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Route Display Command using netstat,arp,ifconfig

Static Routes and the Default Gateway

Static routes are for traffic that must not, or should not, go through the default gateway. Routing is often handled by devices on the network dedicated to routing (although any device can be configured to perform routing). Therefore, it is often not necessary to configure static routes on Red Hat Enterprise Linux servers or clients. Exceptions include traffic that must pass through an encrypted VPN tunnel or traffic that should take a specific route for reasons of cost or security. The default gateway is for any and all traffic which is not destined for the local network and for which no preferred route is specified in the routing table. The default gateway is traditionally a dedicated network router.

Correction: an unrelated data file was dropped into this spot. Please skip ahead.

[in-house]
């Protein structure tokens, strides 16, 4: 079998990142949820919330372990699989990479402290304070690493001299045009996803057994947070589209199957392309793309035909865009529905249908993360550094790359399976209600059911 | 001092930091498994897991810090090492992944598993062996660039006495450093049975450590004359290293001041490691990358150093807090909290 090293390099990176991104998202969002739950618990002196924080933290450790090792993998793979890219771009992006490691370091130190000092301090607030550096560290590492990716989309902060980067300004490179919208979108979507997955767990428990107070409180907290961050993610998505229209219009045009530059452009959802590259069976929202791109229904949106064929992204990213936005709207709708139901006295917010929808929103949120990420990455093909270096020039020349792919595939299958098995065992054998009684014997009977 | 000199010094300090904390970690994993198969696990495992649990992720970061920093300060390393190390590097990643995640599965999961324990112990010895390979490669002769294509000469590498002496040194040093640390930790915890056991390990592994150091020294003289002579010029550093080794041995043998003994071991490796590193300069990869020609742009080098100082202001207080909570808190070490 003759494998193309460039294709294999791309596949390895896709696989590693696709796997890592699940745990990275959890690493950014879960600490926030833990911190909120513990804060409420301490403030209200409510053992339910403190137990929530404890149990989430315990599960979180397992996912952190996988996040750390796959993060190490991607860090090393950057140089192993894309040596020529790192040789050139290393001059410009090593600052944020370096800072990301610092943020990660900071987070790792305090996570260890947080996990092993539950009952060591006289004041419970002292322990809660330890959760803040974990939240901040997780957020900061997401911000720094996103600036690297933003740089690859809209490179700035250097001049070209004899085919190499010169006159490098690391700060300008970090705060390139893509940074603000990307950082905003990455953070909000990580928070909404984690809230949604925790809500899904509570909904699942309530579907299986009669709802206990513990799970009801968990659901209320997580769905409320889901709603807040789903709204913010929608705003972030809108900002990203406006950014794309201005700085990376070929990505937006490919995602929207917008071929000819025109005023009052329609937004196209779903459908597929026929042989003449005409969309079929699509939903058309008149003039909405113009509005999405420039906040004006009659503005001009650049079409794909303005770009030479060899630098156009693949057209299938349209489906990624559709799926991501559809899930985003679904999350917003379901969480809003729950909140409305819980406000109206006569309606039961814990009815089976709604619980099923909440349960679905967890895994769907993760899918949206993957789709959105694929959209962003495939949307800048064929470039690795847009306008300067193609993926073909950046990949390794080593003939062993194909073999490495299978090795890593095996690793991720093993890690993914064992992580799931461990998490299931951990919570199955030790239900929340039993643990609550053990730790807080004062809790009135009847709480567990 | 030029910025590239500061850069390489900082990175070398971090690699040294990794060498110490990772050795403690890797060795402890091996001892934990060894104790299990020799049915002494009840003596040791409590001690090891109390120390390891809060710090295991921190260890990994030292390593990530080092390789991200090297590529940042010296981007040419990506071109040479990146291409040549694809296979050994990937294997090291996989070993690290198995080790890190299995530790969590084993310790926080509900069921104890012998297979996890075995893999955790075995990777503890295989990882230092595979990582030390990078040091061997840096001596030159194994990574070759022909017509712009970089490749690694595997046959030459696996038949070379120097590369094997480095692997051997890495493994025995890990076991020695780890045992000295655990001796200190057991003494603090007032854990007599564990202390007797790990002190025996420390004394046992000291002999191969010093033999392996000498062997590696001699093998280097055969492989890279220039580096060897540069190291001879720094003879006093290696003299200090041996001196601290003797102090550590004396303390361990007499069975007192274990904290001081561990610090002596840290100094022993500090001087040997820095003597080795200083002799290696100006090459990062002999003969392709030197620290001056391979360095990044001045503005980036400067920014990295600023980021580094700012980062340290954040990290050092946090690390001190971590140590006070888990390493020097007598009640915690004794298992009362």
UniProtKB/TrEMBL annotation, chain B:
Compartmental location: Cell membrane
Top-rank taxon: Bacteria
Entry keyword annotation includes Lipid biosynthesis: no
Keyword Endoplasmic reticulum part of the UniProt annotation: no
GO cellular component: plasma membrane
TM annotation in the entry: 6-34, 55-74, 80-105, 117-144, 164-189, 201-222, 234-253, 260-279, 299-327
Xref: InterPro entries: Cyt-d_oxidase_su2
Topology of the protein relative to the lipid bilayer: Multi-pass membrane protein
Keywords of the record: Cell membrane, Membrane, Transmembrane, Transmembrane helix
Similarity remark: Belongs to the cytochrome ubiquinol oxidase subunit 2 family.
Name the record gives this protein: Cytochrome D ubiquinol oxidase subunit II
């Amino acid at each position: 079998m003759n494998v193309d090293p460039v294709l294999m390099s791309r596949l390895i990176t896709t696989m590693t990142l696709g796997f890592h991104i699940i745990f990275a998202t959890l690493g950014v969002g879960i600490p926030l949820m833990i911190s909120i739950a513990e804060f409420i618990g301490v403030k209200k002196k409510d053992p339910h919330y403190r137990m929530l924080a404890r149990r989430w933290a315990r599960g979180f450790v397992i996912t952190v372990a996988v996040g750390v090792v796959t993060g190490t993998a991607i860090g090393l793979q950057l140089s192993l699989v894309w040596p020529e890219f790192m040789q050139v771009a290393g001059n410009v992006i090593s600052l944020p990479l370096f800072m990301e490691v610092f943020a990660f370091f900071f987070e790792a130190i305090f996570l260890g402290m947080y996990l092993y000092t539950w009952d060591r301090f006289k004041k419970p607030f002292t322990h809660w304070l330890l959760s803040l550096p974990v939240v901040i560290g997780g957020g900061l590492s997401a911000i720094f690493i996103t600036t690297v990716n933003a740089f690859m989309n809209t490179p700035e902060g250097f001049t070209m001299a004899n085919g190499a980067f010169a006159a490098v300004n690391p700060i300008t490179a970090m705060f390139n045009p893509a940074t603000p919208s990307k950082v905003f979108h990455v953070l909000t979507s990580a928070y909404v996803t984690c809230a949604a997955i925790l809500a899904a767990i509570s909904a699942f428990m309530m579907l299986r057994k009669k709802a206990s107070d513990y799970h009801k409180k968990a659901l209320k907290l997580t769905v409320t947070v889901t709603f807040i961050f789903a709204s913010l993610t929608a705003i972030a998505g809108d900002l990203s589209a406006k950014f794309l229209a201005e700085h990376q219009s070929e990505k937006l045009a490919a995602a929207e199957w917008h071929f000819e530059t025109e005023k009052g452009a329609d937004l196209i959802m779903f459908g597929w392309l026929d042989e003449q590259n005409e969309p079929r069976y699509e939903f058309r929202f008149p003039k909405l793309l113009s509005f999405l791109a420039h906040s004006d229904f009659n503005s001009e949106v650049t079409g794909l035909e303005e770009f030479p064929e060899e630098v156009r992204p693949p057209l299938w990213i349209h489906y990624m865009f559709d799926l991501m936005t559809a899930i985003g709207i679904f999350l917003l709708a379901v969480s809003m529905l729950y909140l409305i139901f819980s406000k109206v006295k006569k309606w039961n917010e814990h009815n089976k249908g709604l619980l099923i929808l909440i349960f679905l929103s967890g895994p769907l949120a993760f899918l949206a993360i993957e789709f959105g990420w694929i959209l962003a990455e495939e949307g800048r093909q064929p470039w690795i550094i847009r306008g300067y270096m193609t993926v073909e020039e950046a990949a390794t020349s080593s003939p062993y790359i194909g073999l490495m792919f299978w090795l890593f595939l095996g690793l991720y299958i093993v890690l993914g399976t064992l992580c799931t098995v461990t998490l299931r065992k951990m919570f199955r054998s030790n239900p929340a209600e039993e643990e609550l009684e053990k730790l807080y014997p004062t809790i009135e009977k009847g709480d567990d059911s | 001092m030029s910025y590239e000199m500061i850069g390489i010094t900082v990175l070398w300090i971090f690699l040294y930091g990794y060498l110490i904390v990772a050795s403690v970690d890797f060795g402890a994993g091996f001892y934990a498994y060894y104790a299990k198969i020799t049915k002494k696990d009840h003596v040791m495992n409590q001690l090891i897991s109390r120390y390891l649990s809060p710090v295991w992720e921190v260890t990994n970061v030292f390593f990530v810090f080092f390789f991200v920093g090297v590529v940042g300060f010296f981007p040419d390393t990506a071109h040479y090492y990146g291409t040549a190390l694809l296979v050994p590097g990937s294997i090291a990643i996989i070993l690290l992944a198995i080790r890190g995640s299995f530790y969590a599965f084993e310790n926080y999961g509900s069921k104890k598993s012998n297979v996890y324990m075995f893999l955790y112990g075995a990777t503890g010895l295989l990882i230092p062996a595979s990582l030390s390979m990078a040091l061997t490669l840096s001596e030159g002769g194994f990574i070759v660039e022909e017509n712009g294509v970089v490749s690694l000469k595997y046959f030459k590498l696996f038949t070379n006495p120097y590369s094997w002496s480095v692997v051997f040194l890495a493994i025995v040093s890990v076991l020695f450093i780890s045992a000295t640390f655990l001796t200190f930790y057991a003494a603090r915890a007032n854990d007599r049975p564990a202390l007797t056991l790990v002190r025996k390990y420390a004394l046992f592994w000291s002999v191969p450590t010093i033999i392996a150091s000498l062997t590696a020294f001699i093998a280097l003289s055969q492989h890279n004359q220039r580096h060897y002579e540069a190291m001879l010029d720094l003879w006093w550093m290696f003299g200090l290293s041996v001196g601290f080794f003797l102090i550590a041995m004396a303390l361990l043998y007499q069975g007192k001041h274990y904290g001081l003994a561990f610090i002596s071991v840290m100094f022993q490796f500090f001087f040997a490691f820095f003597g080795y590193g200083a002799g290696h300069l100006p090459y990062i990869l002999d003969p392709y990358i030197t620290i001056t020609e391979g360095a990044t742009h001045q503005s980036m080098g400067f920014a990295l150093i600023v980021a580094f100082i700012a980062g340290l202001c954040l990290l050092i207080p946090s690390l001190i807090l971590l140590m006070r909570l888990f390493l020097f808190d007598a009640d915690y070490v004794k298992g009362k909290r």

Configuring Static Routes Using the Command Line

If static routes are required, they can be added to the routing table by means of the ip route add command and removed using the ip route del command. The more frequently used ip route commands take the following form:

ip route [ add | del | change | append | replace ] destination-address

Redhat Linux Route Display Command

route add default gw dev eth0
route add default gw dev eth0

  1. add tells route what action to take
  2. default tells route to send all packets with unknown destinations to this interface
  3. gw means that you are going through a gateway and is followed by its IP address
  4. The last part of the line says that the gateway is on the same subnet as the device, eth0